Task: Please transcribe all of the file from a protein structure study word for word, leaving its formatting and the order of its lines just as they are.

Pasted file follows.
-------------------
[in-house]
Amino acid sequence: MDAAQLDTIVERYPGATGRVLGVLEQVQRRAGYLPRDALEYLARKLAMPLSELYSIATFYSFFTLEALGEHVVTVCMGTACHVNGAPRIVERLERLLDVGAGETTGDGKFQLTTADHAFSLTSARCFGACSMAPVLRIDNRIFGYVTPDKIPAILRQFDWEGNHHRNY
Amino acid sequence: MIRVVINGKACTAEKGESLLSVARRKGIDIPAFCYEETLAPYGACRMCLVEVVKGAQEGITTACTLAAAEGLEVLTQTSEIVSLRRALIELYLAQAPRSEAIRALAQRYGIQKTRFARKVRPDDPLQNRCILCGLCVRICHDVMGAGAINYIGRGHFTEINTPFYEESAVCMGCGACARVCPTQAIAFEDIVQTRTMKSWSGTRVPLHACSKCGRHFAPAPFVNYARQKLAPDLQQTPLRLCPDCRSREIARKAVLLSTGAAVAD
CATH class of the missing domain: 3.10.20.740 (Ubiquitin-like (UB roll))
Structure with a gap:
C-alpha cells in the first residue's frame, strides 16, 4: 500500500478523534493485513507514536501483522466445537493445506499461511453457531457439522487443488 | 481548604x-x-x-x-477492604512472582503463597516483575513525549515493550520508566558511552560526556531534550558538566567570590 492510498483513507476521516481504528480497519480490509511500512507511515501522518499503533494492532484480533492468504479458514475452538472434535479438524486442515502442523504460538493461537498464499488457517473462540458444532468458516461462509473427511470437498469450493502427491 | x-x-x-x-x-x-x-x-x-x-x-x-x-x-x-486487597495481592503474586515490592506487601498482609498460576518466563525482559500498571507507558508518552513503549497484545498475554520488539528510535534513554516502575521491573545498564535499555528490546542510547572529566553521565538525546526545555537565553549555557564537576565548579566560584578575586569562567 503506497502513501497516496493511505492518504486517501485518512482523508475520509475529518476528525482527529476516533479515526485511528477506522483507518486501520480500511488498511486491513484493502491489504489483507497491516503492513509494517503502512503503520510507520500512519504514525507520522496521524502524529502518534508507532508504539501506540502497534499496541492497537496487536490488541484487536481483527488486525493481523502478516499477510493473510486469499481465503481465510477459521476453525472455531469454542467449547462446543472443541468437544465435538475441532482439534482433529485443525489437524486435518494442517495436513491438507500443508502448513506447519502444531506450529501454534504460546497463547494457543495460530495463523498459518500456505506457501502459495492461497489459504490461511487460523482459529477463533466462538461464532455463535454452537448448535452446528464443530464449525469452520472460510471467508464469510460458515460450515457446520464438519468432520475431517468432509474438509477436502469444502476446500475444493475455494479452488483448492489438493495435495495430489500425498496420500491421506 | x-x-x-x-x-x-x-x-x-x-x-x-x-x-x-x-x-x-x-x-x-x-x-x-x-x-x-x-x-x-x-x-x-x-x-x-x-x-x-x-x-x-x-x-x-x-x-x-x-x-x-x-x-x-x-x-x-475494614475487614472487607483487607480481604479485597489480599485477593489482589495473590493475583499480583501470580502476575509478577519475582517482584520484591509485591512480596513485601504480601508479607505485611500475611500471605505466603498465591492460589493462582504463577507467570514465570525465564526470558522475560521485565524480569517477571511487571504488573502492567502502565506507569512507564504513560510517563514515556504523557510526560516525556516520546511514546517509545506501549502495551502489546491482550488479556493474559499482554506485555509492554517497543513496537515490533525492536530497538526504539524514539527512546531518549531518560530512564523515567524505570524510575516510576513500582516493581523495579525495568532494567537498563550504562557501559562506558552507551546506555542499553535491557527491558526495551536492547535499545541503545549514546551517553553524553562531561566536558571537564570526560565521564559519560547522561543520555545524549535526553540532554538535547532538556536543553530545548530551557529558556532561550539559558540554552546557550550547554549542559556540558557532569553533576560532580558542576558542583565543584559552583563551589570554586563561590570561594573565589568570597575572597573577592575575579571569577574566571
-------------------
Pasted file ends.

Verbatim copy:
[in-house]
Amino acid sequence: MDAAQLDTIVERYPGATGRVLGVLEQVQRRAGYLPRDALEYLARKLAMPLSELYSIATFYSFFTLEALGEHVVTVCMGTACHVNGAPRIVERLERLLDVGAGETTGDGKFQLTTADHAFSLTSARCFGACSMAPVLRIDNRIFGYVTPDKIPAILRQFDWEGNHHRNY
Amino acid sequence: MIRVVINGKACTAEKGESLLSVARRKGIDIPAFCYEETLAPYGACRMCLVEVVKGAQEGITTACTLAAAEGLEVLTQTSEIVSLRRALIELYLAQAPRSEAIRALAQRYGIQKTRFARKVRPDDPLQNRCILCGLCVRICHDVMGAGAINYIGRGHFTEINTPFYEESAVCMGCGACARVCPTQAIAFEDIVQTRTMKSWSGTRVPLHACSKCGRHFAPAPFVNYARQKLAPDLQQTPLRLCPDCRSREIARKAVLLSTGAAVAD
CATH class of the missing domain: 3.10.20.740 (Ubiquitin-like (UB roll))
Structure with a gap:
C-alpha cells in the first residue's frame, strides 16, 4: 500500500478523534493485513507514536501483522466445537493445506499461511453457531457439522487443488 | 481548604x-x-x-x-477492604512472582503463597516483575513525549515493550520508566558511552560526556531534550558538566567570590 492510498483513507476521516481504528480497519480490509511500512507511515501522518499503533494492532484480533492468504479458514475452538472434535479438524486442515502442523504460538493461537498464499488457517473462540458444532468458516461462509473427511470437498469450493502427491 | x-x-x-x-x-x-x-x-x-x-x-x-x-x-x-486487597495481592503474586515490592506487601498482609498460576518466563525482559500498571507507558508518552513503549497484545498475554520488539528510535534513554516502575521491573545498564535499555528490546542510547572529566553521565538525546526545555537565553549555557564537576565548579566560584578575586569562567 503506497502513501497516496493511505492518504486517501485518512482523508475520509475529518476528525482527529476516533479515526485511528477506522483507518486501520480500511488498511486491513484493502491489504489483507497491516503492513509494517503502512503503520510507520500512519504514525507520522496521524502524529502518534508507532508504539501506540502497534499496541492497537496487536490488541484487536481483527488486525493481523502478516499477510493473510486469499481465503481465510477459521476453525472455531469454542467449547462446543472443541468437544465435538475441532482439534482433529485443525489437524486435518494442517495436513491438507500443508502448513506447519502444531506450529501454534504460546497463547494457543495460530495463523498459518500456505506457501502459495492461497489459504490461511487460523482459529477463533466462538461464532455463535454452537448448535452446528464443530464449525469452520472460510471467508464469510460458515460450515457446520464438519468432520475431517468432509474438509477436502469444502476446500475444493475455494479452488483448492489438493495435495495430489500425498496420500491421506 | x-x-x-x-x-x-x-x-x-x-x-x-x-x-x-x-x-x-x-x-x-x-x-x-x-x-x-x-x-x-x-x-x-x-x-x-x-x-x-x-x-x-x-x-x-x-x-x-x-x-x-x-x-x-x-x-x-475494614475487614472487607483487607480481604479485597489480599485477593489482589495473590493475583499480583501470580502476575509478577519475582517482584520484591509485591512480596513485601504480601508479607505485611500475611500471605505466603498465591492460589493462582504463577507467570514465570525465564526470558522475560521485565524480569517477571511487571504488573502492567502502565506507569512507564504513560510517563514515556504523557510526560516525556516520546511514546517509545506501549502495551502489546491482550488479556493474559499482554506485555509492554517497543513496537515490533525492536530497538526504539524514539527512546531518549531518560530512564523515567524505570524510575516510576513500582516493581523495579525495568532494567537498563550504562557501559562506558552507551546506555542499553535491557527491558526495551536492547535499545541503545549514546551517553553524553562531561566536558571537564570526560565521564559519560547522561543520555545524549535526553540532554538535547532538556536543553530545548530551557529558556532561550539559558540554552546557550550547554549542559556540558557532569553533576560532580558542576558542583565543584559552583563551589570554586563561590570561594573565589568570597575572597573577592575575579571569577574566571